ESG Snapshot: Issue 36

ESG Snapshot: Issue 36

Highlights in this week's issue include:

  • New climate and penalty powers. A new Bill empowers NSW's EPA to enter into net-zero agreements, while separate provisions toughen penalties and bring in 'name and shame' provisions for environmental offences.
  • Faster renewables approvals. A Victorian pathway that can already speed approvals processes for large affordable housing, agriculture, mining or defence projects, can now be applied to renewable energy projects.
  • Draft hydrogen regulations. South Australia is canvassing views on draft hydrogen and renewables regulations.
  • Biodiversity net-gain. A Green Building Council of Australia discussion paper signals that the organisation will back a biodiversity net-gain approach for projects, and probably also for planning policies.
  • Critical, rare, and strategic. Through two federal bodies, a rare earths project will receive more than $800 million, while the CEFC will provide more than $100 million to a lithium project.
  • New grants. New climate smart agriculture grants of up to $1 million are on offer.

Interested in working for National Australia Bank, Fortescue, V/Line or Coca-Cola Europacific? Check out this issue's jobs board! Plus a federal energy sector decarbonisation paper, and two more NSW bills. International news includes an Australian PNG climate partnership.


Consultation opportunity - energy sector decarbonisation. DCCEEW has released a discussion paper for its proposed electricity and energy sector decarbonisation plan. Themes covered include:

  • mobilising investment at a time of international competition for green finance.
  • enabling electrification by substantially expanding electricity networks.
  • providing alternative low carbon fuels for industries that are difficult to electrify.
  • building Australia's clean energy workforce, and overcoming the existing shortage of technical and professional skills.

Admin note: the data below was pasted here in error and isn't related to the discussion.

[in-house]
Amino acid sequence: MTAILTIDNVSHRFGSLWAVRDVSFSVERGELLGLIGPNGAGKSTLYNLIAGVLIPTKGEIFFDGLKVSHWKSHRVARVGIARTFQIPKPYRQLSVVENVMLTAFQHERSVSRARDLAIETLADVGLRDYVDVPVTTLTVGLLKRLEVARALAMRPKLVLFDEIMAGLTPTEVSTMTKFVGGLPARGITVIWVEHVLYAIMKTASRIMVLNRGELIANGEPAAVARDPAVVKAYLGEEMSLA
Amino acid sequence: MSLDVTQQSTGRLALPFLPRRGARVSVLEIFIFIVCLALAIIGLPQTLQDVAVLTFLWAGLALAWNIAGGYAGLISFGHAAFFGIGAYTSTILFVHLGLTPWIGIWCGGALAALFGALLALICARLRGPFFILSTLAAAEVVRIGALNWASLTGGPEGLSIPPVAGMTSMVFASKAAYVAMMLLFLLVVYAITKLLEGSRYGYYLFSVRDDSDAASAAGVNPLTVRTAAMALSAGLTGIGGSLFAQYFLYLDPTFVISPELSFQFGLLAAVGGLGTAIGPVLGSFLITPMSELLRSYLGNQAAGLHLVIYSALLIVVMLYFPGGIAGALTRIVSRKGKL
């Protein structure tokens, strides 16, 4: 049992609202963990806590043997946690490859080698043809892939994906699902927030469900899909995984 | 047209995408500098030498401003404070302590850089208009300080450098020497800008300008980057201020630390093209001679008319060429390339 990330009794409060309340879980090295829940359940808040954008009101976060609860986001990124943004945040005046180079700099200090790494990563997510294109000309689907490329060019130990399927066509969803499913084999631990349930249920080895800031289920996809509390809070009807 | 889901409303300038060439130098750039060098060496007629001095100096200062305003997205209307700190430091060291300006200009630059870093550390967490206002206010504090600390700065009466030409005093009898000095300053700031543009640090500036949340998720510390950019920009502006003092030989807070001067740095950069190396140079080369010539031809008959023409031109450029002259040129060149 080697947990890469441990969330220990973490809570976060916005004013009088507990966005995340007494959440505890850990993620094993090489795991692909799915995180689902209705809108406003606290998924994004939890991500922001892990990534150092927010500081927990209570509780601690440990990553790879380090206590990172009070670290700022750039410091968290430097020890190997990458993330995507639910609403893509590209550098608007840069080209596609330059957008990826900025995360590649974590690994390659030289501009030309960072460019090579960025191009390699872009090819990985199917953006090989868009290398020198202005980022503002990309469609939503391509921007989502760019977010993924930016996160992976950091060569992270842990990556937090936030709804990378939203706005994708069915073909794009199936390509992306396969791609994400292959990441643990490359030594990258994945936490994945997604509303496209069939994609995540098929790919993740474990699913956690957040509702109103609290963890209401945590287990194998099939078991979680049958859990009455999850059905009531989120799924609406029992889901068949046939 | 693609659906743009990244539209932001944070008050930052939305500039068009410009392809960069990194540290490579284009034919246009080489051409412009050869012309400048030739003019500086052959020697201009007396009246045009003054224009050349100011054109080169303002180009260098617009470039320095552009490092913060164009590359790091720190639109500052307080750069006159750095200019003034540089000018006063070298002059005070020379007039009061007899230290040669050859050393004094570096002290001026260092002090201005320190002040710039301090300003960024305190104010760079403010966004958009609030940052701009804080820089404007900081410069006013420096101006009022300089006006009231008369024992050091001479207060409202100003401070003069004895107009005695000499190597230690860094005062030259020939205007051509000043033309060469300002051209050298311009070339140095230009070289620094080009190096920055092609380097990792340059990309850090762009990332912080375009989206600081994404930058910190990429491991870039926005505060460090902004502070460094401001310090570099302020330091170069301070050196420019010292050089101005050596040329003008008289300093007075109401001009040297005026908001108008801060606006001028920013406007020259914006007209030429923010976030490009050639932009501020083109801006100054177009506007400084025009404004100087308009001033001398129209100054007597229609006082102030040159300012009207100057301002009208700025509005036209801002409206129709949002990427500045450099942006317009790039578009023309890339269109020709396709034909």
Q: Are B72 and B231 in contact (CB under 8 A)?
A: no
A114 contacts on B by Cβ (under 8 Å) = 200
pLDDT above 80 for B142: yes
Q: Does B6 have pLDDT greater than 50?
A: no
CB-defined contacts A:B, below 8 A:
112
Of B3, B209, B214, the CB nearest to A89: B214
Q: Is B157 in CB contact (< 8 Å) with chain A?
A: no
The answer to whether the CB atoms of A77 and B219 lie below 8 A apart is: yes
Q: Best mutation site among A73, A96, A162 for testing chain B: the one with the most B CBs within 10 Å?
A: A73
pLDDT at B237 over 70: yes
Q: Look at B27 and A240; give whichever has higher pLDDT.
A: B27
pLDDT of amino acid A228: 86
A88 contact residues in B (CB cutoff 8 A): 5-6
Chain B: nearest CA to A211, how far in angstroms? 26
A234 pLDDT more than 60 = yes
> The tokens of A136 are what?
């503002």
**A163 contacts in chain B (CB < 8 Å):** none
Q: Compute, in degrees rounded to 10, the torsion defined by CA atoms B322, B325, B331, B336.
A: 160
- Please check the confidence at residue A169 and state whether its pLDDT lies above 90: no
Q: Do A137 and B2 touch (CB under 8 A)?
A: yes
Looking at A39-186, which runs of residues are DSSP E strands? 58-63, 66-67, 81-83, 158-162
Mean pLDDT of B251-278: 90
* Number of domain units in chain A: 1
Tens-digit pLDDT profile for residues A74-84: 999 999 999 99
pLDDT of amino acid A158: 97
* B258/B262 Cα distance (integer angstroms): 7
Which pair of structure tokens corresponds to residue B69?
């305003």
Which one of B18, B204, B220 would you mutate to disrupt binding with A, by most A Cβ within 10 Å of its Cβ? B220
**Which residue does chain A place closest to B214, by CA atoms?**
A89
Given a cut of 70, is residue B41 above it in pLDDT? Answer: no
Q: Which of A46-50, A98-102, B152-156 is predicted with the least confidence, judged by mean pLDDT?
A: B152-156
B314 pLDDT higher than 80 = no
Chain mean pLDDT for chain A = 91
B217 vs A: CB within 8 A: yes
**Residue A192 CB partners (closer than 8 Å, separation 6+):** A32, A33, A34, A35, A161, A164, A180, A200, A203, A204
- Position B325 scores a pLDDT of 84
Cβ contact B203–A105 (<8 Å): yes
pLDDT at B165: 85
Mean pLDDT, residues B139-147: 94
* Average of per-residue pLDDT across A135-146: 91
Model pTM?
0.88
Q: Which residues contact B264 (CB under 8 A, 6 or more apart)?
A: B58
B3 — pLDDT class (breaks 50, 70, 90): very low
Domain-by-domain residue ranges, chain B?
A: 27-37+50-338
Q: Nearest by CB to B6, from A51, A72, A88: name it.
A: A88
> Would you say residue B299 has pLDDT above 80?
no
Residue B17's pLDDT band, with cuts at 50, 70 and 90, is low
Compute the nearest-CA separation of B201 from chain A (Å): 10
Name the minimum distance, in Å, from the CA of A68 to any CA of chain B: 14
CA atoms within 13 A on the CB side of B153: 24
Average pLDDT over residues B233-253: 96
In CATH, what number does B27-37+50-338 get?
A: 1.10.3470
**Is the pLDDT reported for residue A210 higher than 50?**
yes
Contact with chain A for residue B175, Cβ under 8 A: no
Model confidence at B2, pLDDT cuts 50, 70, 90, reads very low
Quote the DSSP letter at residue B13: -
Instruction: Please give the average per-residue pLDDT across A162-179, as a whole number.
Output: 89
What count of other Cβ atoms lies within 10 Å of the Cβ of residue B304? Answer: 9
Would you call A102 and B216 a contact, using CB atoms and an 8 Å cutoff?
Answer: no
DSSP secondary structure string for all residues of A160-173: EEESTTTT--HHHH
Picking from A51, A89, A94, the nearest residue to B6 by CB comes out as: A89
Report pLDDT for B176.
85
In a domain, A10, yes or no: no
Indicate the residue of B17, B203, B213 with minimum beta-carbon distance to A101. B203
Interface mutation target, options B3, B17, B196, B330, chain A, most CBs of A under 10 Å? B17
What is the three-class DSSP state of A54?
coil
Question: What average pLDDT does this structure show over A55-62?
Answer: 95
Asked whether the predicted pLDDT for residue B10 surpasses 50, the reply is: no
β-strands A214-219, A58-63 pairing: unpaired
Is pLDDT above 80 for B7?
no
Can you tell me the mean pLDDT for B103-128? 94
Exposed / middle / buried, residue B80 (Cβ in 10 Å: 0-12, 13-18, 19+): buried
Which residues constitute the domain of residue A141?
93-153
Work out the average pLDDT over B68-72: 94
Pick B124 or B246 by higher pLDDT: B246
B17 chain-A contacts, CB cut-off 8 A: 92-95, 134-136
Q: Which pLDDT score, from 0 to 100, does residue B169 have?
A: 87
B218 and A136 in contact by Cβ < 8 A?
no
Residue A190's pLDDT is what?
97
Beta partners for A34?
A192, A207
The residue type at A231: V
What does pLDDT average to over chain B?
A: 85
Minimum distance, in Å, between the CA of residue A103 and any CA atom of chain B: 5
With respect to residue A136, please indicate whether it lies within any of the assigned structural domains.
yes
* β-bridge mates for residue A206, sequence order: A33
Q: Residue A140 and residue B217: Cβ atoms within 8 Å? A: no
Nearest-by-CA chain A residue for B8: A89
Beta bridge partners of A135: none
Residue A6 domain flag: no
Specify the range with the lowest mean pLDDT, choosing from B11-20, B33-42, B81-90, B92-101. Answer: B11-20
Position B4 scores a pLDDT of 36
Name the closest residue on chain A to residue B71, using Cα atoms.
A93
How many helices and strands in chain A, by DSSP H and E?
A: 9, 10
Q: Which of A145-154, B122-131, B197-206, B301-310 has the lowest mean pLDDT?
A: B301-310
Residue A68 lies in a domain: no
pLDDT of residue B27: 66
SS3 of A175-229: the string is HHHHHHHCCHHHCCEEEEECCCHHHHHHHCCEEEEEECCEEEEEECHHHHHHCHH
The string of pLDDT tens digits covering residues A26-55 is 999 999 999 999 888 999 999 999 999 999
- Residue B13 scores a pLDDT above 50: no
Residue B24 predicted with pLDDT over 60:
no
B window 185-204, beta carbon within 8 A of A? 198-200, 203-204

• maximising benefits for people and businesses, and securing social licence. 

The electricity and energy sector plan is one of six sectoral decarbonisation plans under development by the federal government. Submissions are due by 12 April.

Consultation opportunity - national adaptation plan. DCCEEW has released an issues paper on a proposed national adaptation plan, with comments due by 11 April. A webinar on the proposed plan will be held on 26 March.

DCCEEW has simultaneously released a national climate risk assessment report that looks at both the 2050 and 2090 time horizons.

The federal government will provide up to $840 million to help establish Australia's first combined rare earths mine and refinery in the Northern Territory.

The mine and refinery will be operated by Australian mineral exploration company Arafura, and the funding will come from the government's Critical Minerals Facility (which is managed by Export Finance Australia) and the Northern Australia Infrastructure Fund. 

A CSIRO-led international team has set a new efficiency record for solar cells printed onto plastic film.

The team demonstrated performances for solar cells of 15.5% efficiency on a small scale, and 11% for a 50 cm2 module, which is a record for solar cells printed onto thin plastic films. 

The solar cells contain perovskite, an emerging class of solar material which can be formulated into inks for printing. Carbon-based inks were used to replace gold in the solar cell, dramatically reducing the cost.